As health care costs rise, so can your level of worry about having enough for retirement. Some health problems and their costs come with age. But some can be dodged by staying healthy, especially later in life. Being fit lowers your risk of injury and illness, which also lowers the out-of-pocket expense of visiting your doctor, a specialist or the emergency room.
Want more motivation? Research shows that men who exercise earn 6% more than men who don’t. The gap is 10% for women. Fit people tend to miss fewer workdays, which leads to more opportunities and pay. Evaluate your fitness and see if you can work in some workouts. It could really pay off.
Have you kept your retirement savings on track, or have you taken a bumpier road? Maybe you’ve gone completely off the beaten path. Now is a good time to take a close look at your finances and refine your plan.
How much will you need for retirement? Is your target still on target? Look at the cost of living, life events, your health and other things that might have changed since the last time you looked at your plan. If needed, reset your target and fine tune your strategy to hit it.
Most Americans who reach age 65 will likely need long-term (custodial or medical) care at some point. You may want to figure the cost of long-term care in Kansas into your retirement savings plan.
Medicare only covers certain types of care:
Community & Assisted Living
Nursing Home Facility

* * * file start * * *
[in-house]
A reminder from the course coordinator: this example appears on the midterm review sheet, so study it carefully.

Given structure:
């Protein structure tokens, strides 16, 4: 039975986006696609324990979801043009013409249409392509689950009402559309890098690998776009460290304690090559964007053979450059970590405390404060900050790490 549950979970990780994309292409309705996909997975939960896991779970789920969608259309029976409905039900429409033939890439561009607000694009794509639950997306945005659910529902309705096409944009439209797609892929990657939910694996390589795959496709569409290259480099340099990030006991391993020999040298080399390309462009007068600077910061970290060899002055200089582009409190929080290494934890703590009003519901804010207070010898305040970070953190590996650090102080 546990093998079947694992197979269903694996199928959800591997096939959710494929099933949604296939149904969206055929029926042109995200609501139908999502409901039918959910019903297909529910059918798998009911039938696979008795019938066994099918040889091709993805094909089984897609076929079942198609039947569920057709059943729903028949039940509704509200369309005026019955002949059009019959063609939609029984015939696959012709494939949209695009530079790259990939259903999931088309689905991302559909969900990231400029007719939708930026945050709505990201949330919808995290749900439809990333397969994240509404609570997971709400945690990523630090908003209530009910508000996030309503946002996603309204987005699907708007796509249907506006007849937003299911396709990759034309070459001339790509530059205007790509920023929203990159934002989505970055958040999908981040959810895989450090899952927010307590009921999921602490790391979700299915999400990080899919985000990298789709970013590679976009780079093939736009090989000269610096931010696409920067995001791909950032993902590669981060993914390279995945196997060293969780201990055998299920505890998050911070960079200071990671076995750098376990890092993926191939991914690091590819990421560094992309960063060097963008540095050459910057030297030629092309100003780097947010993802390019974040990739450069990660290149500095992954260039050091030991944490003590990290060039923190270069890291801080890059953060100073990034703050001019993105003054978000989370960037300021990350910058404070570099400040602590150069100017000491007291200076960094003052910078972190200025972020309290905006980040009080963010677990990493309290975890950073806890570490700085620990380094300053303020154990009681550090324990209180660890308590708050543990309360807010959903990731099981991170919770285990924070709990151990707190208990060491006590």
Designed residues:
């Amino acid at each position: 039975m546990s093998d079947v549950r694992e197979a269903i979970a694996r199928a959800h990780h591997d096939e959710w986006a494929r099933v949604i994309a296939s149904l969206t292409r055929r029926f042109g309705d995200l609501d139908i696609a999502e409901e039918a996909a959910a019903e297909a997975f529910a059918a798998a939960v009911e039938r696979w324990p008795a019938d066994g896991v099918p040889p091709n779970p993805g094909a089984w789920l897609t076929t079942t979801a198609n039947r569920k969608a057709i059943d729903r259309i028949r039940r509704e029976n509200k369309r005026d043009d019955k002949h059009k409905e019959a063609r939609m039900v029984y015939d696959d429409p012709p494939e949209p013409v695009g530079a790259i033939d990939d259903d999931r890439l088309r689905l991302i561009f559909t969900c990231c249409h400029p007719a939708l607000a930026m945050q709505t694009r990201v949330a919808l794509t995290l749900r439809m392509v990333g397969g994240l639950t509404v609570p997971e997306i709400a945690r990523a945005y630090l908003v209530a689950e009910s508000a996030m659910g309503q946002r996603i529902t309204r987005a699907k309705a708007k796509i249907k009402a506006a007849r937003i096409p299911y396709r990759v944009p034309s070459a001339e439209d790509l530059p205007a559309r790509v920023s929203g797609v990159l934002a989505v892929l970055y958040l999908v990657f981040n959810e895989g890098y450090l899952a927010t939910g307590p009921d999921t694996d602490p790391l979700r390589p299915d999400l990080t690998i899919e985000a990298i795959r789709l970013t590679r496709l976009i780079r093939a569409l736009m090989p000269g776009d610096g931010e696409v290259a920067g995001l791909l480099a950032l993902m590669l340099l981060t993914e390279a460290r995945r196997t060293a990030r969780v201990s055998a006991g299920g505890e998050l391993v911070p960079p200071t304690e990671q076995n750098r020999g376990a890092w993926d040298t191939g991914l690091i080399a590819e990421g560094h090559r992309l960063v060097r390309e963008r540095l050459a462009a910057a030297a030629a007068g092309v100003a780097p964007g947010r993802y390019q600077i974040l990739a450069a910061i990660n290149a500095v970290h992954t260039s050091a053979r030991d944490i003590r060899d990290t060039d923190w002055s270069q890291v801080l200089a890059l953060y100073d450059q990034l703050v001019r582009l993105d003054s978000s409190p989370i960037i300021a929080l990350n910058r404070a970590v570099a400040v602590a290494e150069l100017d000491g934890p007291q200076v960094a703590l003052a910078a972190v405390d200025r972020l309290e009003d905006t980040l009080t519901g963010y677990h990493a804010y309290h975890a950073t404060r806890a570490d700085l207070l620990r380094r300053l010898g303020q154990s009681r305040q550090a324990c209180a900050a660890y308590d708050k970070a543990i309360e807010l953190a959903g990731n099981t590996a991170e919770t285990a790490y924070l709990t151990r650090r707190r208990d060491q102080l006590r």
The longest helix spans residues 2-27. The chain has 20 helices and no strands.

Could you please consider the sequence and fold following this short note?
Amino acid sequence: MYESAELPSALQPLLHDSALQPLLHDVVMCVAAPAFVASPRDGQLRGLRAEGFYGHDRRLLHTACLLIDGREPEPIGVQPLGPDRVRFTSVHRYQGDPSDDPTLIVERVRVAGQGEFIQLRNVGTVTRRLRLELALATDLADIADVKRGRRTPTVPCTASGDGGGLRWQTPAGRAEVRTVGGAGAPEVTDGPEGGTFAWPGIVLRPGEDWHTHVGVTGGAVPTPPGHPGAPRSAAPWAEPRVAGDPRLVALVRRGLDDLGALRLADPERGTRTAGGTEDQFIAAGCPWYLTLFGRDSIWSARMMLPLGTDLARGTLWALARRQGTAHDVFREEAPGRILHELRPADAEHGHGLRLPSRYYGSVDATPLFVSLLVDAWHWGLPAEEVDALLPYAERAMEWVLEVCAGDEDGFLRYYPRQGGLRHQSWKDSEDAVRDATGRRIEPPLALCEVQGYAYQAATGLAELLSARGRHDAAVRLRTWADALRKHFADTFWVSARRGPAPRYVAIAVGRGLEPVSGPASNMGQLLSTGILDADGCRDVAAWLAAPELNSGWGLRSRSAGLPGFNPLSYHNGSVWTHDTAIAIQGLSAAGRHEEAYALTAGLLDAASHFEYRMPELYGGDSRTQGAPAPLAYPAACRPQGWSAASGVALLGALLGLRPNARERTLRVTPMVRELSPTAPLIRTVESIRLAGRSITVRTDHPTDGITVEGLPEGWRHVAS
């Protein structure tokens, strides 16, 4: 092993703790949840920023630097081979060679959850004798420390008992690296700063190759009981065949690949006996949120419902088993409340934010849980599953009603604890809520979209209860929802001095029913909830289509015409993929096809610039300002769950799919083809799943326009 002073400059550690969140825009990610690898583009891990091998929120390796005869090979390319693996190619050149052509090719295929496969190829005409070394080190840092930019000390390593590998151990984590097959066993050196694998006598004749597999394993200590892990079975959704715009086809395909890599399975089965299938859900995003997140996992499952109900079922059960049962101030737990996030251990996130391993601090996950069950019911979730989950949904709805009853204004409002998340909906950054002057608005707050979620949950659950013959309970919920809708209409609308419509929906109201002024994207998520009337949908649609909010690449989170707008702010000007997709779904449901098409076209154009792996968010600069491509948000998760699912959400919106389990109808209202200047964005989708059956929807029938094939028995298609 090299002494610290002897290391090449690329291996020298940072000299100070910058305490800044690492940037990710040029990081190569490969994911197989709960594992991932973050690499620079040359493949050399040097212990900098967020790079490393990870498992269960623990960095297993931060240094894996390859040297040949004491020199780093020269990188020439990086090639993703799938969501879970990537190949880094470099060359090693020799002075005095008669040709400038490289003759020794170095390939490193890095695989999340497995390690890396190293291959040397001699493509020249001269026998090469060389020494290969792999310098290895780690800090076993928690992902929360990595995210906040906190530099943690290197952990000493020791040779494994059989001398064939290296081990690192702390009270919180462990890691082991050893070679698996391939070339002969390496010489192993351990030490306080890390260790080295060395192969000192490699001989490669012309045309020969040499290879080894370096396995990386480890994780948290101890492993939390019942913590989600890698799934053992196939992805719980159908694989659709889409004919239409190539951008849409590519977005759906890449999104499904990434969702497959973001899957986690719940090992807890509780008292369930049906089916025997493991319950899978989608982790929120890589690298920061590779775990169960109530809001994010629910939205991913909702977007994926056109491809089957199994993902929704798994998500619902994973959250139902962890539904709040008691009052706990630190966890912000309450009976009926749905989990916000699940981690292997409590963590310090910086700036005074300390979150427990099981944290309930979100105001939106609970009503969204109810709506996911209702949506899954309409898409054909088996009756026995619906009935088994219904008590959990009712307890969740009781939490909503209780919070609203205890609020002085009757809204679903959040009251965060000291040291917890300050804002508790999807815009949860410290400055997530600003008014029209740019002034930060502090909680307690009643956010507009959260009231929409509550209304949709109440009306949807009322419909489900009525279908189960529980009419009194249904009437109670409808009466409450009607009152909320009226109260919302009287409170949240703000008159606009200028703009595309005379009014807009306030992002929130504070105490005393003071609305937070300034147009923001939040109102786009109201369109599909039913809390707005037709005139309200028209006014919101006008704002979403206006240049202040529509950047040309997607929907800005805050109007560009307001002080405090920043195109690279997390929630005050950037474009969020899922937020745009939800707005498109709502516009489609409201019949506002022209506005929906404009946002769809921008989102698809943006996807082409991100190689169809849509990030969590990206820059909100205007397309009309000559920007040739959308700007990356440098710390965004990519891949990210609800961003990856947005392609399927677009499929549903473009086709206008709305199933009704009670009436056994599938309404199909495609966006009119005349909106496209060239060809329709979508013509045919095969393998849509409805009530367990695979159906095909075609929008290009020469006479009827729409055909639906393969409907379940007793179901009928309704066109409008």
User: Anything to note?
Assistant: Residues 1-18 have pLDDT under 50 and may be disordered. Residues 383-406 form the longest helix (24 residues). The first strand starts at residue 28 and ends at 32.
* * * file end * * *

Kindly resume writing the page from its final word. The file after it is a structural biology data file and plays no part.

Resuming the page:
|In-Home Care||Homemaker Services: $4,576
Home Health Aide: $4,4671
|Community & Assisted Living||Adult Day Health Care: $1,788
Assisted Living Facility: $4,580
|Nursing Home Facility||Semi-Private Room: $6,296
Private Room: $6,813
Look at income and expenses. Do your estimates. Maybe even do a dry run by living a few months on your possible retirement budget. If it doesn’t work, maybe you need to delay retirement.
This is an important part of retirement planning. Make a list of everything you've always wanted to do. Then decide how many you could realistically do in retirement.
The money side is easier to figure out. But also ask yourself if you're mentally ready. It's a whole new ballgame. Take your time and think about it.
How much should you focus on extinguishing your debt before you retire? It depends. If you take a lump-sum distribution, what are the tax implications? Will you be burning money just to pay off your debt sooner? Will it truly help your financial situation?
On the other hand, maybe you have high-interest loans that will eat away at your retirement dreams. Help your future self by focusing on extinguishing as much debt as possible before you reach your retirement day. So it won’t come back to burn you.
44% of Americans ages 60-70 have a mortgage when they retire.
Now it’s about prioritizing spending, but that’s true for any career stage. As you cruise through pre-retirement today, you should be thinking about your retirement budget down the road.
Most people have a dip in income after they retire. Can you continue spending like you did when you were younger, especially with retirement around the corner? Probably not. It might be time to be a more disciplined spender.
Start by cutting expenses while you’re still making good money. Every little bit helps. And it lets you sock away a little extra as you’re coming down the homestretch.
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